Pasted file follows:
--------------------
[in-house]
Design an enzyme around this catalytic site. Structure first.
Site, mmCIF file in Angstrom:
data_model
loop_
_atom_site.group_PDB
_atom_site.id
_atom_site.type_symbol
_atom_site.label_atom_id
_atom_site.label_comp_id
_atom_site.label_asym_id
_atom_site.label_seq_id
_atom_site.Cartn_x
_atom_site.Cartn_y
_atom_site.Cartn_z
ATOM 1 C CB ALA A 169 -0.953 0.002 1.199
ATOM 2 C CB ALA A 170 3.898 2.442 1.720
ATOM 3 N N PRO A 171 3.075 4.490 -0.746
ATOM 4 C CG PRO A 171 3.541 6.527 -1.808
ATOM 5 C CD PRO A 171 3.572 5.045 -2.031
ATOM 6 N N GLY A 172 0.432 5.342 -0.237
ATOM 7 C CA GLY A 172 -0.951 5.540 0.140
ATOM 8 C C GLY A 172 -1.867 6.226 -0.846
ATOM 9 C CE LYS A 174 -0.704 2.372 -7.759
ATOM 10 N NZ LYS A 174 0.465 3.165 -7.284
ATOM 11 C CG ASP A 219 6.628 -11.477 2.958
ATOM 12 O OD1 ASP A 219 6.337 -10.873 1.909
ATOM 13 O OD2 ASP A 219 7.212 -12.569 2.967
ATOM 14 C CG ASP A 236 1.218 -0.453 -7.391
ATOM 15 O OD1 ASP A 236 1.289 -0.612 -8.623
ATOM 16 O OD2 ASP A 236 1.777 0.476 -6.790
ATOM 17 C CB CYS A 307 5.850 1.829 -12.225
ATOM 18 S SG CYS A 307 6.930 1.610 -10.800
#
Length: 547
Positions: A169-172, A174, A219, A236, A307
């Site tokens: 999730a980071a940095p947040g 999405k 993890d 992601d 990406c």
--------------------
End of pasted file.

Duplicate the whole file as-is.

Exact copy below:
[in-house]
Design an enzyme around this catalytic site. Structure first.
Site, mmCIF file in Angstrom:
data_model
loop_
_atom_site.group_PDB
_atom_site.id
_atom_site.type_symbol
_atom_site.label_atom_id
_atom_site.label_comp_id
_atom_site.label_asym_id
_atom_site.label_seq_id
_atom_site.Cartn_x
_atom_site.Cartn_y
_atom_site.Cartn_z
ATOM 1 C CB ALA A 169 -0.953 0.002 1.199
ATOM 2 C CB ALA A 170 3.898 2.442 1.720
ATOM 3 N N PRO A 171 3.075 4.490 -0.746
ATOM 4 C CG PRO A 171 3.541 6.527 -1.808
ATOM 5 C CD PRO A 171 3.572 5.045 -2.031
ATOM 6 N N GLY A 172 0.432 5.342 -0.237
ATOM 7 C CA GLY A 172 -0.951 5.540 0.140
ATOM 8 C C GLY A 172 -1.867 6.226 -0.846
ATOM 9 C CE LYS A 174 -0.704 2.372 -7.759
ATOM 10 N NZ LYS A 174 0.465 3.165 -7.284
ATOM 11 C CG ASP A 219 6.628 -11.477 2.958
ATOM 12 O OD1 ASP A 219 6.337 -10.873 1.909
ATOM 13 O OD2 ASP A 219 7.212 -12.569 2.967
ATOM 14 C CG ASP A 236 1.218 -0.453 -7.391
ATOM 15 O OD1 ASP A 236 1.289 -0.612 -8.623
ATOM 16 O OD2 ASP A 236 1.777 0.476 -6.790
ATOM 17 C CB CYS A 307 5.850 1.829 -12.225
ATOM 18 S SG CYS A 307 6.930 1.610 -10.800
#
Length: 547
Positions: A169-172, A174, A219, A236, A307
């Site tokens: 999730a980071a940095p947040g 999405k 993890d 992601d 990406c």